What is Attendance Allowance?
Attendance Allowance is a welfare benefit you may get if you are State Pension age or over and need help with personal care or supervision because you have a physical or mental disability. It doesn't matter if you don't currently get this help, as long as you can show you need it.
If you are deaf or have hearing loss, you may be able to claim Attendance Allowance if you need to help to communicate with other people. This counts as personal care.
What is State Pension age?
State Pension age is the earliest age you can start receiving your State Pension. It is worked out based on your gender and date of birth.
You can check when you will reach State Pension age on the gov.uk website.
How much is Attendance Allowance?
Attendance Allowance is paid at one of two rates – lower or higher – depending on how much help you need.
The weekly rates from April 2018 are:
- lower rate: £57.30
- higher rate: £85.60.
The rate you may get will depend on which of the disability tests you pass (see below).
Do I qualify?
To qualify for Attendance Allowance, you must:
- be State Pension age or over
- have passed at least one of the disability tests (see below)
- have needed the help for at least six months (unless you are terminally ill, in which case you can qualify straight away)
- normally live in the UK, Ireland, Isle of Man or the Channel Islands, and not be subject to immigration control (unless you are a sponsored immigrant)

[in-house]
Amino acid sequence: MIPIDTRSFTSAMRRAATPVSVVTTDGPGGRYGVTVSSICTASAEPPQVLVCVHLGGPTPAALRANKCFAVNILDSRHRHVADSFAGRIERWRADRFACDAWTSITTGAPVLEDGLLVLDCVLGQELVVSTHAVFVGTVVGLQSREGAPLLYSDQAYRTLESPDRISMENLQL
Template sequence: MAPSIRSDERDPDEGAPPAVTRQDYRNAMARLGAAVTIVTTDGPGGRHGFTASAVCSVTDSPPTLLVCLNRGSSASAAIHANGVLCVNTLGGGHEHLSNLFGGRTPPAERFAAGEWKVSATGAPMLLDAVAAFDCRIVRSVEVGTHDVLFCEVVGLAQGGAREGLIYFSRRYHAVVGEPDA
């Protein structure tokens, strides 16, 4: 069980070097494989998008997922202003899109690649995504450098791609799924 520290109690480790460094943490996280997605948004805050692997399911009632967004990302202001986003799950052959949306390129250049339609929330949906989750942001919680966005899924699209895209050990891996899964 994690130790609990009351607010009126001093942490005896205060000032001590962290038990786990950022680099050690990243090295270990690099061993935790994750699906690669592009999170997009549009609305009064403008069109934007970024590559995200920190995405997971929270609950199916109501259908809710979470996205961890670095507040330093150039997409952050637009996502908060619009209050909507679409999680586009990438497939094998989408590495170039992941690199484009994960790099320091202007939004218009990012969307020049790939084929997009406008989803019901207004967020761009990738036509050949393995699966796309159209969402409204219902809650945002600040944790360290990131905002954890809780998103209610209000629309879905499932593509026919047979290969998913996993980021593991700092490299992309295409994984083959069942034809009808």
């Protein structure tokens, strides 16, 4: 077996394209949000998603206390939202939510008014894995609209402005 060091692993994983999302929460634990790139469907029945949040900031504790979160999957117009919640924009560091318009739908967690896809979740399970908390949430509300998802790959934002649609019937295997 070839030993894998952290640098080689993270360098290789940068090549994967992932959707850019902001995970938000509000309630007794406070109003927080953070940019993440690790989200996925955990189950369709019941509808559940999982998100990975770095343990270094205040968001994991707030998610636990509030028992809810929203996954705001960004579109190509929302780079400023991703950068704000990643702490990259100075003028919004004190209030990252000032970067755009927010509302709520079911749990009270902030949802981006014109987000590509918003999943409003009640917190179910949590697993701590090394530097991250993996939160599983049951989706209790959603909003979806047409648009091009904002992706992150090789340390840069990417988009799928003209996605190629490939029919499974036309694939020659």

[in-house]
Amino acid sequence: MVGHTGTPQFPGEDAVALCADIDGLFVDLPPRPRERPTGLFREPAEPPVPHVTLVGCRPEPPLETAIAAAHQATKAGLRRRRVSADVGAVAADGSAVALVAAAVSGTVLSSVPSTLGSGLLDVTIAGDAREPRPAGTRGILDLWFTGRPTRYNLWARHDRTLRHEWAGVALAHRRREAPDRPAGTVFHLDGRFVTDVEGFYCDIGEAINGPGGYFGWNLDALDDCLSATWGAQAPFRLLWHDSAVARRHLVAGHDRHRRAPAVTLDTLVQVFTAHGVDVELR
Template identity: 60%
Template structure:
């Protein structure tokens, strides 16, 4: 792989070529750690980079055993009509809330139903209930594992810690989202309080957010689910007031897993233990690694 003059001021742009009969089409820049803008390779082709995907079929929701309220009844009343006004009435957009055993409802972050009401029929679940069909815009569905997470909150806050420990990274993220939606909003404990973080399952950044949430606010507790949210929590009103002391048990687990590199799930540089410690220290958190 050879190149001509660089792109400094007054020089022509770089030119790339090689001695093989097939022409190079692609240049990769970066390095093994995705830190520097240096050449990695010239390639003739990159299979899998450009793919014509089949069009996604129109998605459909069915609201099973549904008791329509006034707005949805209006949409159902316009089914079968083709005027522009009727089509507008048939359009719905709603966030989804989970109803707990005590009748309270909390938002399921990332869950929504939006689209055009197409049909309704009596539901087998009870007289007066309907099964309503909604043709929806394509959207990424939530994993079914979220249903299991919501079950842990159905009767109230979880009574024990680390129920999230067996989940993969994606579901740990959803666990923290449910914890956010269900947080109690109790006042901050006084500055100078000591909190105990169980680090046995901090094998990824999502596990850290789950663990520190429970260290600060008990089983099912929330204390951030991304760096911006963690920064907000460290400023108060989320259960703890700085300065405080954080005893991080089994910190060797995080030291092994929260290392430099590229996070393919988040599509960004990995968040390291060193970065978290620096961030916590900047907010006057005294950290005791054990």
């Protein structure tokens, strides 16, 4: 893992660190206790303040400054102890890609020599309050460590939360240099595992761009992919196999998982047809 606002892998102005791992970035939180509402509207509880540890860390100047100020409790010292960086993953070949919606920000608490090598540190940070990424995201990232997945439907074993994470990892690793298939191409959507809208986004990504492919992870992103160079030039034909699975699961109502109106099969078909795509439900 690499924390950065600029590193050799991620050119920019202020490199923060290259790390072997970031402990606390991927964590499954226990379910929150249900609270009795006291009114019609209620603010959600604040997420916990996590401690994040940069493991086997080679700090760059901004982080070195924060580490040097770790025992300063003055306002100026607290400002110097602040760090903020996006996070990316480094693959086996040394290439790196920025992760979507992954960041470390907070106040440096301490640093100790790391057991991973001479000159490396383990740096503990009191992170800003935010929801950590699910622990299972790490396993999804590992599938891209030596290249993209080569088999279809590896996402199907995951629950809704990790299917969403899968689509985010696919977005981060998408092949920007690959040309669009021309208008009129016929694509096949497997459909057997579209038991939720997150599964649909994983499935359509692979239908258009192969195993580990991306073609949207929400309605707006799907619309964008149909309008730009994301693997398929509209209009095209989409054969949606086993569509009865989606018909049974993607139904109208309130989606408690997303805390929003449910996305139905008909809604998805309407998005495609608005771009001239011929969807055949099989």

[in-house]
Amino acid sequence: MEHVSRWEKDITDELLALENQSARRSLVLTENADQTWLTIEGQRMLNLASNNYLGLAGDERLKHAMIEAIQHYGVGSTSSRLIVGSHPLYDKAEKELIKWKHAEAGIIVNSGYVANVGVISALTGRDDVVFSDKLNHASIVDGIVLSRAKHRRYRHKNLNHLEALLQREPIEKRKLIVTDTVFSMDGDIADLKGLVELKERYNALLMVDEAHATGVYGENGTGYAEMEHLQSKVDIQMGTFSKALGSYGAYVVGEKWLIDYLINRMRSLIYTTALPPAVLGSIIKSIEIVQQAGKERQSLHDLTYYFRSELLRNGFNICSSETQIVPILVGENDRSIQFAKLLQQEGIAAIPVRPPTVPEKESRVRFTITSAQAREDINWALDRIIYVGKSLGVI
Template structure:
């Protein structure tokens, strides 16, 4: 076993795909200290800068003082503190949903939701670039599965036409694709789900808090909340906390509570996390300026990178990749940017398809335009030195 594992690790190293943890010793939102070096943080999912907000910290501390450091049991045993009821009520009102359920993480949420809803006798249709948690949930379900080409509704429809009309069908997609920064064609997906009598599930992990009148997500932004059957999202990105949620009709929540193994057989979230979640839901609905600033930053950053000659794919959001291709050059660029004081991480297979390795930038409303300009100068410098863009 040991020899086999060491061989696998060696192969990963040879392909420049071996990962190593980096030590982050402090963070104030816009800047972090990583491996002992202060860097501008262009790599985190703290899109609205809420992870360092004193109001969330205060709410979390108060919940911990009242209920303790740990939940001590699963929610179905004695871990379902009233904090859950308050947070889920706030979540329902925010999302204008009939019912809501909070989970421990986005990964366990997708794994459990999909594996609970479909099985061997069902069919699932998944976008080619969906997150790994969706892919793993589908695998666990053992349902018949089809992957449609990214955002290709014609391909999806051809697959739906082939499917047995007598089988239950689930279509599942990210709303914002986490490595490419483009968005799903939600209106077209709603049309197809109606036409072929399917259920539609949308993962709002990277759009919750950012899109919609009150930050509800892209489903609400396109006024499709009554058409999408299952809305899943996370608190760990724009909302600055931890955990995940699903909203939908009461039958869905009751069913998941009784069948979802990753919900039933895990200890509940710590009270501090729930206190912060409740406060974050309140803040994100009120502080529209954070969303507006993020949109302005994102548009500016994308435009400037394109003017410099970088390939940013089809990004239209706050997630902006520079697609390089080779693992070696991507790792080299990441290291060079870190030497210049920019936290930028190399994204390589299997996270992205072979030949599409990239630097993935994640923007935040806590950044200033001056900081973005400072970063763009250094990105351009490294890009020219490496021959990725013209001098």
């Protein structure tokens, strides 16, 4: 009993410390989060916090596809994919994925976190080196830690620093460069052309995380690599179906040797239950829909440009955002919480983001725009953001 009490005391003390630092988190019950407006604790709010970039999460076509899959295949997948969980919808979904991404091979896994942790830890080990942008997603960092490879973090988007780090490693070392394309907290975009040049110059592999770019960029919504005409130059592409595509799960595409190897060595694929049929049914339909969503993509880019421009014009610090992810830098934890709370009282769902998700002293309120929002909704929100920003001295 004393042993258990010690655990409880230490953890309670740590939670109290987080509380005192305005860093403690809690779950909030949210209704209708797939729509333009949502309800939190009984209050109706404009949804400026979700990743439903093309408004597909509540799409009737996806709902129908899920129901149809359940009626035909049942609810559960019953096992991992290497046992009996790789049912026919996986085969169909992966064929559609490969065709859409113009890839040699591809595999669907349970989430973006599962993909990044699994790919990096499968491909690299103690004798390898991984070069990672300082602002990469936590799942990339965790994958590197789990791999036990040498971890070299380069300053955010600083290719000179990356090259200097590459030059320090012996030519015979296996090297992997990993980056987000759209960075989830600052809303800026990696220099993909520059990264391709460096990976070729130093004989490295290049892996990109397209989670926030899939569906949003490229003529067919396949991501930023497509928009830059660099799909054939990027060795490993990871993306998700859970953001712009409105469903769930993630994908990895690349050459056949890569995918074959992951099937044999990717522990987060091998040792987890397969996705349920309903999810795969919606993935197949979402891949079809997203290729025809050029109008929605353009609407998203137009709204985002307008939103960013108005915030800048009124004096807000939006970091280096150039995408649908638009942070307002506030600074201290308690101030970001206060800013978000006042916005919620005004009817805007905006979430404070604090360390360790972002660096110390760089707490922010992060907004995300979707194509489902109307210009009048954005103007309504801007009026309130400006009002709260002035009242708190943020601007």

- have been in Great Britain (or Northern Ireland if you are living there) for at least two out of the last three years – this rule does not apply if you are terminally ill.
What are the disability tests?
There are daytime and night-time disability tests that will help to determine whether you qualify for Attendance Allowance – and, if so, at what rate.
To qualify for the lower rate of Attendance Allowance, you must pass:
- one of the daytime tests or
- one of the night-time tests.
To get the higher rate, you must pass:
- one of the daytime tests and
- one of the night-time tests or
- be terminally ill.
You must need, from another person:
- frequent attention throughout the day in connection with your bodily functions (hearing and speech are both bodily functions), or
- continual supervision throughout the day to prevent substantial danger to yourself or other people.
You must need:
- attention at night with your bodily functions for a period of 20 minutes or longer, or for two or more times a night, or
- another person to be awake for approximately 20 minutes, or at least three times a night, so they can watch over you, to avoid substantial danger to yourself or other people.
For definitions of the terms used in the disability tests, see our factsheet Attendance Allowance.
How the tests are decided
The information you give in your claim form may be enough for the decision-maker to decide whether or not you pass at least one of the tests. If not, they may ask your GP, nurse or consultant to provide a report.
How do I claim Attendance Allowance?
You’ll need to complete a claim form, which you can either receive in the post or download online.
How to claim in England, Scotland or Wales
Contact the Attendance Allowance helpline to receive a claim form in the post:
Telephone: 0800 731 0122
Textphone: 0800 731 0317
NGT text relay: 18001 then 0800 731 0122
Or download the form from the gov.uk website.
How to claim in Northern Ireland
Contact the Benefit Enquiry Line for a claim form in the post:
Telephone: 0800 022 4250
Textphone: 028 9031 1092
Or download the form at nidirect.gov.uk
Filling in the form
Remember that the person making the decision on your claim will probably not know what it’s like to be deaf or have hearing loss, so you'll need to describe how it affects your daily life. For guidance on how to answer the questions that focus on your disability and care needs, see our factsheet Attendance Allowance.